In a world rife with options, it’s easy to lose sight of our personal finances. After all, practicing good money habits is difficult when we’re stuck in the daily grind.
Gain greater visibility of your long-term financial outlook by adopting these six tenets of personal finance:
It’s common to live with debt in the U.S. — but how much exactly? Per The Balance, the average credit card debt per household was $8,169 in November 2018, a five percent increase from October. But the more important statistic is the average debt for people who don’t pay off their monthly statement: $7,527. At average APRs of 15 percent, it’s hard to get out of the hole, which is why many households keep making minimum payments and holding on for dear life.
When there’s little room to increase earning power and trim savings, other measures need to be taken to move forward with your finances. That’s where debt consolidation, credit counseling or debt relief strategies can come into play. Debtors can pursue these options on their own or through accredited companies such as thought-leader Andrew Housser’s Freedom Financial Network.
Spend within Your Means (and Increase Your Earning Power)
In a world of limitless buying options and temptations to spend, living within our means is easier said than done. This is because living within our means isn’t a one-step process; it requires staying on top of several areas. You obviously need to spend less money than you earn, but you should first know how much you make and where all your money goes each month. From there, you can start cutting out the purchases that you don’t need.
But this is just the start. To really live within your means, you’ll need to stop spending like society does (which, as we learned above, is in debt). Don’t buy a flashy car, rent or buy a place with more space than you need, and overindulge in entertainment too often. If you’ve fallen in love with eating out because it saves time, learn how to cook simple and tasty meals. Finally, your means will only go so far after you clean up your spending, which is why it’s essential to work on increasing your earning power. Learn a new skill, get a part-time job, and consider adjusting your tax withholding to get more per paycheck instead of a year-end windfall.
Use Credit Cards Strategically
Credit cards are responsible for a lot of people’s misery, but when used responsibly, credit cards are just another tool in your financial arsenal. Why? Rewards and welcome bonuses. If you can reach a decent-to-good credit score through the above two steps and vow always to pay your monthly statement balances going forward, you can generate supplemental income using credit cards to pay for the same things you would have purchased anyway. From gas and groceries to restaurants and other everyday purchases, you can open cards that reward specific categories. At the end of each month or year, use your rewards to buy something you need, invest in yourself, or allocate toward savings/retirement.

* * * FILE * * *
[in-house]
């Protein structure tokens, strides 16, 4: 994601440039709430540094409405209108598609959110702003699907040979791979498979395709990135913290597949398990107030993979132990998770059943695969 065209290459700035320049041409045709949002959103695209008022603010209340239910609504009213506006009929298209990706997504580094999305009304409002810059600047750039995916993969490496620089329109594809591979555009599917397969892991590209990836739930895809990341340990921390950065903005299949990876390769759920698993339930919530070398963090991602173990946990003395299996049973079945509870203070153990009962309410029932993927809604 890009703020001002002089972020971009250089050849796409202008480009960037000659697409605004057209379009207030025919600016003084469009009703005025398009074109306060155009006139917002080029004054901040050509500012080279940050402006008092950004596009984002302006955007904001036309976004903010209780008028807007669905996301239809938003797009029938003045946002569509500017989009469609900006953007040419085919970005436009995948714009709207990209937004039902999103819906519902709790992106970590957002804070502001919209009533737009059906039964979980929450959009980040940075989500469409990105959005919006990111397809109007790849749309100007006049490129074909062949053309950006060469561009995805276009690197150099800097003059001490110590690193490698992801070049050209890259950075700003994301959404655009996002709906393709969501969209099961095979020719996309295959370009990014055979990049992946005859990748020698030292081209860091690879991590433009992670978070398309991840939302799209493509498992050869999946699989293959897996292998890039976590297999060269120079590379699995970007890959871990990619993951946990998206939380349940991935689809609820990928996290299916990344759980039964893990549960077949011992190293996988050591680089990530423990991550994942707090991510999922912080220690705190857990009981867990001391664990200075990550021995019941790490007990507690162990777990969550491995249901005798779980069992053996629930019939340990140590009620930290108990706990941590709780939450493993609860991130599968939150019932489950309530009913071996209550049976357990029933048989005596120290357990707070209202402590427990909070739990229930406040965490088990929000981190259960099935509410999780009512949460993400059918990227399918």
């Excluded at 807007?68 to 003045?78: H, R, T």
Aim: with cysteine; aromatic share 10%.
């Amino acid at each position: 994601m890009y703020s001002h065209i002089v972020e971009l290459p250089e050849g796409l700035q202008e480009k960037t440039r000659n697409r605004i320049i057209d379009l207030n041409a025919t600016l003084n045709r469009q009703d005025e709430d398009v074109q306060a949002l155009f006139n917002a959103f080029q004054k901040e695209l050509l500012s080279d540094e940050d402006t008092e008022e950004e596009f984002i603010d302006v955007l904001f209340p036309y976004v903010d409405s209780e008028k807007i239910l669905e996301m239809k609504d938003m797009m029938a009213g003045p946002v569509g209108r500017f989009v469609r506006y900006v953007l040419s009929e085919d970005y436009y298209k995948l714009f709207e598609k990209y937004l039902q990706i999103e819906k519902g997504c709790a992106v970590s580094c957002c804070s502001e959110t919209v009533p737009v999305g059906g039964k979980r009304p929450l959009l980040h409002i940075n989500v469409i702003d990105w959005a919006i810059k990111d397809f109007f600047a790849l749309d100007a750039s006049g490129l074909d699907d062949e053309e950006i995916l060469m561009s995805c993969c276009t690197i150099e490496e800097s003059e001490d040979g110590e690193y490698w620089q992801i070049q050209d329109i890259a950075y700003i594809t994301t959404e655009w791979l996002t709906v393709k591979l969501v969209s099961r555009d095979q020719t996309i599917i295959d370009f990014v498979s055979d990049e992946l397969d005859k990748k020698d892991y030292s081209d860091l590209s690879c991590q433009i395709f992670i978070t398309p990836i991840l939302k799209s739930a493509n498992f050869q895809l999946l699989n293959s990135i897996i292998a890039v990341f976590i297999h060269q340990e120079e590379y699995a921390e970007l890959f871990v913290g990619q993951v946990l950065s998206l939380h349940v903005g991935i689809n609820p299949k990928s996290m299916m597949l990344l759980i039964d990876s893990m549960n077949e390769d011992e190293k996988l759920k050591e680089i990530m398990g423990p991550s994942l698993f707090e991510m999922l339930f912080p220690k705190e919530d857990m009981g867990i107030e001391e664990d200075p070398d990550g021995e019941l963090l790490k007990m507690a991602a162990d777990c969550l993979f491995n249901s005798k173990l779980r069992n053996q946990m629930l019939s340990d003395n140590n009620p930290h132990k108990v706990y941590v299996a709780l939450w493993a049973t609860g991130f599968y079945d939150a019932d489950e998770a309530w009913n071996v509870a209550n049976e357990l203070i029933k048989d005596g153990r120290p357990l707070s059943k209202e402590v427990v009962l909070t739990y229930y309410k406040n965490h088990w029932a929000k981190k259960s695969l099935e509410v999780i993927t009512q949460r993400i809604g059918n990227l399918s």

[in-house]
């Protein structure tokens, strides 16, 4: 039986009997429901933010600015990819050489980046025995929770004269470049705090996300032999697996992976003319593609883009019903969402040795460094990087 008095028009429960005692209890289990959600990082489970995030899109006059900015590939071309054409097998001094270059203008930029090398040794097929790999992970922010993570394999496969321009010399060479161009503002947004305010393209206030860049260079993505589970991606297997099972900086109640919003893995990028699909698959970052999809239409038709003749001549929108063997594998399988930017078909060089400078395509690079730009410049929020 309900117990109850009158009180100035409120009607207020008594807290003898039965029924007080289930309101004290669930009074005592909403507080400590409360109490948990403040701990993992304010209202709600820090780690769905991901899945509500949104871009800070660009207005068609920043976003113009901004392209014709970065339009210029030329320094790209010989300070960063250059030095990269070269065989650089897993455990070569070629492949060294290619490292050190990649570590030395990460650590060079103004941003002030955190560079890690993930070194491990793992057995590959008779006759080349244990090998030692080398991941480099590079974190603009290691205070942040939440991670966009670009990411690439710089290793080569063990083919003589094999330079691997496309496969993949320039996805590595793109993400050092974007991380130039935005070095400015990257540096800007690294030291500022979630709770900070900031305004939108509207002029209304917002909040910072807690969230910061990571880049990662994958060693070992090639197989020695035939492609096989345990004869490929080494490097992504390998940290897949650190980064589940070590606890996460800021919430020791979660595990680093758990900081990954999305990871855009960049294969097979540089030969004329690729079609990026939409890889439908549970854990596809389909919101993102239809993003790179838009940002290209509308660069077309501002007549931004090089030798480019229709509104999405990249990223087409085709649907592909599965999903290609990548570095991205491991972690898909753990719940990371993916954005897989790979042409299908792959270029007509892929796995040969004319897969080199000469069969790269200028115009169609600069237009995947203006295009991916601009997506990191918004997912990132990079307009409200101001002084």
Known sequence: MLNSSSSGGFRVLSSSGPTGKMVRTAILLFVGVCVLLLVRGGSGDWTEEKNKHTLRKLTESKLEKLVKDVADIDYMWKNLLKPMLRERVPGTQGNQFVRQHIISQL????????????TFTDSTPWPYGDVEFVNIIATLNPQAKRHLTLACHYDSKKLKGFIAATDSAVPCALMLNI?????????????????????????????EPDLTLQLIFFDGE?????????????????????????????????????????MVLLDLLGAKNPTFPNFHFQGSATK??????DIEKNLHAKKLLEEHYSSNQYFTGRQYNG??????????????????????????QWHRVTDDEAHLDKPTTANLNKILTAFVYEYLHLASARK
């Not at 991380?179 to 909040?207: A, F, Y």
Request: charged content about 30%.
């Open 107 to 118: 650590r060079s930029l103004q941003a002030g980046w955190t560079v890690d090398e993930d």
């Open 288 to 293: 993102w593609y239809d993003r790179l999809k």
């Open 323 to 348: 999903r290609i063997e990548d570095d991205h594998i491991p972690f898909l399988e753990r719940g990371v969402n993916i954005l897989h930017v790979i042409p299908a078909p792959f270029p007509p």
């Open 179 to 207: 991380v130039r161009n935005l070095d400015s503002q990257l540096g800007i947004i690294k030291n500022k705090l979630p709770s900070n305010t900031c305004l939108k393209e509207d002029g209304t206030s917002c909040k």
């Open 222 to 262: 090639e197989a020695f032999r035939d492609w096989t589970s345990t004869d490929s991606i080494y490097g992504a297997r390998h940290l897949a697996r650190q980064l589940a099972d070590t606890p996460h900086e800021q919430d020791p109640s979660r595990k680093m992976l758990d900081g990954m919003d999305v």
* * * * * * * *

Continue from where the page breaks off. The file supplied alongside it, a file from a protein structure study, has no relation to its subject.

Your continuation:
Invest in Your Mind
Smart, successful people don’t magically become that way. They invest in themselves continually by reading books, taking classes, attending conferences and surrounding themselves with intelligent, ambitious people.
Of course, these things take a lot of time and effort, which is why most people don’t bother doing them — just like eating healthy or exercising. It may seem like these habits don’t translate to personal finance, but you’d be surprised. Esteemed minds and billionaires like Bill Gates, Mark Zuckerberg, Warren Buffett and Elon Musk all credit their success to learning, specifically reading. So, while using what little free time you have to nourish your mind may seem like a big deal, it’ll be a different store once you start observing your mental growth and shift in perspective.
Automate Monthly Savings and Investing
Now for the cold hard truth: you can’t enjoy personal finance success if you don’t build wealth. And while doing so earlier in life is always better, it’s never too late to start. A big mistake most people make is that they take care of all their monthly obligations and wants before paying themselves. This is backward. Even if your income is tight, you need to set something aside every month. How else will you be able to shoulder an unexpected cost? How will you eventually be able to stop working one day?
Every person’s economic situation is different, but the recipe for financial success remains the same. Live debt-free, within your means, use credit cards to your advantage, never stop fueling your mind and automate your bottom line.